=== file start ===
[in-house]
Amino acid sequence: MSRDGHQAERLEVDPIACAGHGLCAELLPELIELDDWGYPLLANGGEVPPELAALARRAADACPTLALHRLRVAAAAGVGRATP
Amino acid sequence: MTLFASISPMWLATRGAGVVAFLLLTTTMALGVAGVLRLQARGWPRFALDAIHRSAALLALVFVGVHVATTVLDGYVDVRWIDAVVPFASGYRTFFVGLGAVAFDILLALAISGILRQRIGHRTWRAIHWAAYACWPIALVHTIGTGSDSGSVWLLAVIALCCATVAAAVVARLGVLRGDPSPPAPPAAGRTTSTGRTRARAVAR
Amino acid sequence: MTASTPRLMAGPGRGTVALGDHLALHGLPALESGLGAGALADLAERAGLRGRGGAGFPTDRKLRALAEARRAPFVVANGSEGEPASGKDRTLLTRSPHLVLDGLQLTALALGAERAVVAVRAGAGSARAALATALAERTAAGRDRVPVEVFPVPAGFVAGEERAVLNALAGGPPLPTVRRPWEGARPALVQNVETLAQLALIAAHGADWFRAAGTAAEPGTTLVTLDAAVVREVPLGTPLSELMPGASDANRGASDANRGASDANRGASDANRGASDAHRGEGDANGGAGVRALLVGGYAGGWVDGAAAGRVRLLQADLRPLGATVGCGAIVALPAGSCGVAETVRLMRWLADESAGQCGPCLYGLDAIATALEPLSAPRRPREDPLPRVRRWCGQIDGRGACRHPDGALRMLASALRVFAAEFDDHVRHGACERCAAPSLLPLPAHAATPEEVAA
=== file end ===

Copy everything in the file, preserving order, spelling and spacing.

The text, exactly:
[in-house]
Amino acid sequence: MSRDGHQAERLEVDPIACAGHGLCAELLPELIELDDWGYPLLANGGEVPPELAALARRAADACPTLALHRLRVAAAAGVGRATP
Amino acid sequence: MTLFASISPMWLATRGAGVVAFLLLTTTMALGVAGVLRLQARGWPRFALDAIHRSAALLALVFVGVHVATTVLDGYVDVRWIDAVVPFASGYRTFFVGLGAVAFDILLALAISGILRQRIGHRTWRAIHWAAYACWPIALVHTIGTGSDSGSVWLLAVIALCCATVAAAVVARLGVLRGDPSPPAPPAAGRTTSTGRTRARAVAR
Amino acid sequence: MTASTPRLMAGPGRGTVALGDHLALHGLPALESGLGAGALADLAERAGLRGRGGAGFPTDRKLRALAEARRAPFVVANGSEGEPASGKDRTLLTRSPHLVLDGLQLTALALGAERAVVAVRAGAGSARAALATALAERTAAGRDRVPVEVFPVPAGFVAGEERAVLNALAGGPPLPTVRRPWEGARPALVQNVETLAQLALIAAHGADWFRAAGTAAEPGTTLVTLDAAVVREVPLGTPLSELMPGASDANRGASDANRGASDANRGASDANRGASDAHRGEGDANGGAGVRALLVGGYAGGWVDGAAAGRVRLLQADLRPLGATVGCGAIVALPAGSCGVAETVRLMRWLADESAGQCGPCLYGLDAIATALEPLSAPRRPREDPLPRVRRWCGQIDGRGACRHPDGALRMLASALRVFAAEFDDHVRHGACERCAAPSLLPLPAHAATPEEVAA